Weekdays Noon-2:00 p.m. on WXXI-AM 1370 or WRUR-FM 88.5 in Rochester and WEOS 89.5 FM in Geneva

Evan Dawson talks about what matters to you on ConnectionsEvery weekday from Noon-2 p.m. Be part of the program with questions or comments by phone - 1-844-295-TALK (8255), email, Facebook or Twitter

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The Summer of Food takes a journey half an hour east of Rochester to the site of the historic Pultneyville Grill. When the restaurant closed in the past year, locals worried about what might replace it. The answer has been twofold: Swilly's, a fast casual joint that offers lobster rolls and other sea-based fare at a walk-up window, and The Owl House, which has a home in Rochester and a new home in the old PG.

These kinds of establishments can offer new life for communities, and we talk to long-time Pultneyvillers who want to see a successful enterprise in this space. Our guests:

  • Brian Van Etten, owner of Swilly's
  • Jeff Ching, owner of the Owl House on the Lake
  • Deb Parts, Co-Chair of the Pultneyville Home Tour
  • Peter Parts, former owner of the Pultneyville Grill and owner of the Pultneyville Docks on Salmon Creek

The new film The Big Sick explores the challenges when Muslims decide to date outside of their own culture and religion. Based on the real-life relationship of writer and star Kumail Nanjiani, the film centers on a Pakistani-American and his white, non-Muslim girlfriend.

We discuss the themes of the film and the occasionally uncomfortable issues that can arise. Our guests: 

  • Ilhan Ali, intersectional feminist, activist, and stand-up comedian
  • Imad Abid, 25-year-old Muslim American
  • Sareer Fazili, president of the Islamic Center of Rochester
  • Doug Kester, teacher, actor, and traveler


First hour: Themes from the film, The Big Sick

Second hour: Summer of Food - New life for the historic Pultneyville Grill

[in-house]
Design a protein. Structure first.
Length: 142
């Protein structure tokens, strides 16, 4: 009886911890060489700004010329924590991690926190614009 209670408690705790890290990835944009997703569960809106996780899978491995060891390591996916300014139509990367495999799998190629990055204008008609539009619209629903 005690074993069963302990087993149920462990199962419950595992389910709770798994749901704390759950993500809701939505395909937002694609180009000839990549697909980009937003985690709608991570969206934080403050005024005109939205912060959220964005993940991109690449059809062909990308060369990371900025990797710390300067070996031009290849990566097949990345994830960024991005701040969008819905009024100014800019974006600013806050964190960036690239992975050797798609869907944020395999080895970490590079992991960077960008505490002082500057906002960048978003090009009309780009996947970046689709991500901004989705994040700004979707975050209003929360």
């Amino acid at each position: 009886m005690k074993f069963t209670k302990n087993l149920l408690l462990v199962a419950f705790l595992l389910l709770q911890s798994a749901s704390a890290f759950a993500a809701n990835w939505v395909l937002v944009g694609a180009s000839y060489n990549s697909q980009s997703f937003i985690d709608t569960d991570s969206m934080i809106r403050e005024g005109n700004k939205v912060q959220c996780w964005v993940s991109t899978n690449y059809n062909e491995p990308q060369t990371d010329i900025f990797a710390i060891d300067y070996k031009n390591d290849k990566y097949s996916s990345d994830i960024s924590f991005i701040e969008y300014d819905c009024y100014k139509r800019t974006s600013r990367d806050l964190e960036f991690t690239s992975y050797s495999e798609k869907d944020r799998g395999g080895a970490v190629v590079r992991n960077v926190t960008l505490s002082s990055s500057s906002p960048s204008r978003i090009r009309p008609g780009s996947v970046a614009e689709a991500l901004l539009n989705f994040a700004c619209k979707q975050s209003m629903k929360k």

NPR recently released its list of the top 150 music albums by women of all time. Joni Mitchell's Blue topped the list, inspiring the Smith Opera House in Geneva to celebrate with a tribute concert. One of the themes of Blue is women's reaction to the issues of the countercultural 1960s.

We discuss those themes and debate which albums deserved higher billing with our guests:

The debate over Google's decision to fire an engineer has served as a kind of Rorschach Test. James Damore posted a memo criticizing Google's hiring practices based on race and gender. The reaction to Google's decision to fire Damore ranges from outrage -- Damore's supporters say he was only discussing basic differences between genders -- and strong approval.

We discuss the issue from a legal perspective, and from the perspective of modern feminism. Our guests:

  • Justin Cordello, employment law attorney with Cordello Law PLLC
  • Barbara LeSavoy, director of the Women and Gender Studies program at the College at Brockport


First hour: Reactions to the memo about race and gender at Google

Second hour: Themes of Joni Mitchell's Blue album, and the music of female singer-songwriters

What is the future of Catholic education? We’ve seen some schools shift and close, but the evolution of Catholic education shows some resilience. Nazareth Elementary, for example, is moving to the old Sacred Heart School. Interestingly, 70 percent of the students at Nazareth are not Catholic.

Our guests discuss modern challenges and how they’re adapting. In studio:

  • Sr. Margaret Mancuso, principal of Nazareth Elementary
  • Deborah Hanmer, parent of two children in Catholic elementary school
  • Mary Martell, principal of Holy Cross School

We continue our series of interviews with the candidates for Rochester City School Board. We discuss the candidates’ priorities, and we discuss hot issues in the election. In studio:


First hour: Candidates for Rochester City School Board, group two

Second hour: What is the future of Catholic education?

New York's SAFE Act has been hotly debated ever since it passed. Now, Republican Congressman Chris Collins has proposed SAGA, or the Second Amendment Guarantee Act. Collins says he doesn't think local or state governments should be able to supersede federal law when it comes to gun rights. 

We discuss the proposed bill and what's next for New York's SAFE Act. Our guests: